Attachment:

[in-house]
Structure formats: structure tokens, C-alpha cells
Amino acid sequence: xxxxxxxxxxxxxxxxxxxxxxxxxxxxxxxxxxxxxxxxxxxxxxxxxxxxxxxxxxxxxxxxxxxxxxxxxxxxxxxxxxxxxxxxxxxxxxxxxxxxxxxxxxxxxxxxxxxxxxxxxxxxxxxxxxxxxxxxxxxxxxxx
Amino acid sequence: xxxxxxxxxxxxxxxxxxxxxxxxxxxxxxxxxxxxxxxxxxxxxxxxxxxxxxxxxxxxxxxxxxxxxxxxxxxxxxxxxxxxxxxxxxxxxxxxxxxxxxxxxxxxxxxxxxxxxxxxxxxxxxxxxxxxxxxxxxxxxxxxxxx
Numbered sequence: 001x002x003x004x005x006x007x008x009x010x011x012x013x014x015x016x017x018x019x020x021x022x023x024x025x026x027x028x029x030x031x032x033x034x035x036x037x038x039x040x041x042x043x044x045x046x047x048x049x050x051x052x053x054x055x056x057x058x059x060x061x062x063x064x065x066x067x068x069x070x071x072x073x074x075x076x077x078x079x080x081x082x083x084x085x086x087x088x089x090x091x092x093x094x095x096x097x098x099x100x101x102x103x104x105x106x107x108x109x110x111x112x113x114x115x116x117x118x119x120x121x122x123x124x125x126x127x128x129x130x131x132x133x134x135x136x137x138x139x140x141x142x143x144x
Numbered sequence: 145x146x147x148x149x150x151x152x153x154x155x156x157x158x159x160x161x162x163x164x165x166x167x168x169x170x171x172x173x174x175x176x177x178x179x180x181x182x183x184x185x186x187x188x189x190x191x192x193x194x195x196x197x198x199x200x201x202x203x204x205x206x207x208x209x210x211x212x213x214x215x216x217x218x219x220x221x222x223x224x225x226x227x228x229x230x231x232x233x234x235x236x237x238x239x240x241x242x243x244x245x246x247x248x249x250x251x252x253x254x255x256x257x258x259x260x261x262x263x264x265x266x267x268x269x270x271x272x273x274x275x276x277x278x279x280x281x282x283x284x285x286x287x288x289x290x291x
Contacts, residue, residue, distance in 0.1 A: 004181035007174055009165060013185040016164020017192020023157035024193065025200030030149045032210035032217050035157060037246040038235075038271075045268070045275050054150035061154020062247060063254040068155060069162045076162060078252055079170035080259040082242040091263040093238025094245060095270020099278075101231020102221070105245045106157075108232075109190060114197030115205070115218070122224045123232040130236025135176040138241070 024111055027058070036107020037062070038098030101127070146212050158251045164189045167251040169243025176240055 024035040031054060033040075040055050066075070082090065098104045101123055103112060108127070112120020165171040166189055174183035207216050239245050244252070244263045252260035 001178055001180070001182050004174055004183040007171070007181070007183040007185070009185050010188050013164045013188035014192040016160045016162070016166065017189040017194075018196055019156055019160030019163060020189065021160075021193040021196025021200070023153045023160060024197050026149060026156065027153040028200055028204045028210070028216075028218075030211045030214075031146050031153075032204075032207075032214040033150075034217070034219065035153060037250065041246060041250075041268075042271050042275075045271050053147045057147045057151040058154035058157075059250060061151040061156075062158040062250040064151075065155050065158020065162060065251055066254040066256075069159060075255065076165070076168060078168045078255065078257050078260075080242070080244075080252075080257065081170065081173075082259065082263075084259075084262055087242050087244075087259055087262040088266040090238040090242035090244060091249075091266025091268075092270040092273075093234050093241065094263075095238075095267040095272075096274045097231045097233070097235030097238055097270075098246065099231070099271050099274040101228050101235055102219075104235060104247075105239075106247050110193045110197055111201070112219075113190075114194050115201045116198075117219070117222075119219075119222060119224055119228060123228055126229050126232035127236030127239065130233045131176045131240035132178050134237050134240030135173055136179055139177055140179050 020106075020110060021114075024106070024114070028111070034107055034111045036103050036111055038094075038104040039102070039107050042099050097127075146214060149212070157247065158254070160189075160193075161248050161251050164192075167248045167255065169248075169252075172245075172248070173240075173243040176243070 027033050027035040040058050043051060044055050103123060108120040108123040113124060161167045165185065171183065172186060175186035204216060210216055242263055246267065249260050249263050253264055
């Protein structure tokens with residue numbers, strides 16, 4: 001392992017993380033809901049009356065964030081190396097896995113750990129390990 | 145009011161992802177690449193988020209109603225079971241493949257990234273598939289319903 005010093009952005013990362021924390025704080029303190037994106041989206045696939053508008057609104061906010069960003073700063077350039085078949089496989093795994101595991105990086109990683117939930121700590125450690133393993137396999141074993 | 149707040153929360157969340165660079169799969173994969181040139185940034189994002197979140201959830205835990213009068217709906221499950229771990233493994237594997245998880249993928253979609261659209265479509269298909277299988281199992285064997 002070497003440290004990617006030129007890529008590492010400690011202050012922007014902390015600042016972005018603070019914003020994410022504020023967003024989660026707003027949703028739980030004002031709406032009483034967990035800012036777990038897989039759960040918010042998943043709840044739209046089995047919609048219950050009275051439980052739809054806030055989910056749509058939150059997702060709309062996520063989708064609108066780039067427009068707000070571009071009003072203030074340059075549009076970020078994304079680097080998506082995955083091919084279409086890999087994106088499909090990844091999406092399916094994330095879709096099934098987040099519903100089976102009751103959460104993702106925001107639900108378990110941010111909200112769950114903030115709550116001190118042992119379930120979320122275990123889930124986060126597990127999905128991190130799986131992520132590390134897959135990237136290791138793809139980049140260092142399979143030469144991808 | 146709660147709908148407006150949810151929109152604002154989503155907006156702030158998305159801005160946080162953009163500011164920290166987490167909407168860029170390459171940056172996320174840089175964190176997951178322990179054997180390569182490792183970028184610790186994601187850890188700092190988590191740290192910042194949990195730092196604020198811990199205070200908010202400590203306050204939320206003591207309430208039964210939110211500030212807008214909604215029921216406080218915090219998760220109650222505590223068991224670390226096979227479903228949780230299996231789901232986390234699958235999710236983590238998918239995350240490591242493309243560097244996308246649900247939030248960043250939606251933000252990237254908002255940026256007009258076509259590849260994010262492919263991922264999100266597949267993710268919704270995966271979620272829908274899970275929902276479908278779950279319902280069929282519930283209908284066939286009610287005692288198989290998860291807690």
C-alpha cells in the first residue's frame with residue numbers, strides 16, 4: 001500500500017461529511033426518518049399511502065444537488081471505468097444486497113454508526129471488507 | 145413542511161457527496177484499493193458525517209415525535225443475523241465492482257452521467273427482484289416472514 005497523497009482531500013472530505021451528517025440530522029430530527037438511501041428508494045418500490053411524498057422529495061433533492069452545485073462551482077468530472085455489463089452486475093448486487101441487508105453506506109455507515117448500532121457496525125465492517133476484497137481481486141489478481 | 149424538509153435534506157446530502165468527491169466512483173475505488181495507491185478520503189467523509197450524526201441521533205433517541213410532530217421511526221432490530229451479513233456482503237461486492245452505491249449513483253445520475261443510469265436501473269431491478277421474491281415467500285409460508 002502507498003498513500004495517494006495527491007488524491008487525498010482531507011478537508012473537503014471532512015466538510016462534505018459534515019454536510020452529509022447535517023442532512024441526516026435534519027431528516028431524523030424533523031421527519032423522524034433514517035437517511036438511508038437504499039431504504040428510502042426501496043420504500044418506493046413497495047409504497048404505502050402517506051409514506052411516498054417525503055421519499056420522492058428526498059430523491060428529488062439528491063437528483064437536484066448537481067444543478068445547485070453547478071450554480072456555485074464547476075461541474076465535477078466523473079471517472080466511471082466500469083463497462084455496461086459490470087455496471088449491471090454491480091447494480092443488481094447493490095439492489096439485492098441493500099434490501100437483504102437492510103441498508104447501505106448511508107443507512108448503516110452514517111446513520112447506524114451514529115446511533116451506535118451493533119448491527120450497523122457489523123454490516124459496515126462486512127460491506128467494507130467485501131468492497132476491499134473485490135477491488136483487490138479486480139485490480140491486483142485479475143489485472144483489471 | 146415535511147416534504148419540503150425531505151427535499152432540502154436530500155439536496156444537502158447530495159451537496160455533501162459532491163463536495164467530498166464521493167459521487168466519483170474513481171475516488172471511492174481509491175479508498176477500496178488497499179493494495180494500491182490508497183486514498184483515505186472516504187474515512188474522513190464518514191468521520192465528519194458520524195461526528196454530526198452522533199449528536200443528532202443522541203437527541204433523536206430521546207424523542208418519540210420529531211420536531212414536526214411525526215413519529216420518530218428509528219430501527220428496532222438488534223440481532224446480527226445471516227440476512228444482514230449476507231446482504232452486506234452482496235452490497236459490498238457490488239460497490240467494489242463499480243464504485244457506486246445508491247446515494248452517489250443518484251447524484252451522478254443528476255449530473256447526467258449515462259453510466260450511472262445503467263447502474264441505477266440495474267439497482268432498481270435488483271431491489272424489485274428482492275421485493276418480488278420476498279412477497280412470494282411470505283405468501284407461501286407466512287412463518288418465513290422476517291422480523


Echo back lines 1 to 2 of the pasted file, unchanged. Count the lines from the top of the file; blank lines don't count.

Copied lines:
[in-house]
Structure formats: structure tokens, C-alpha cells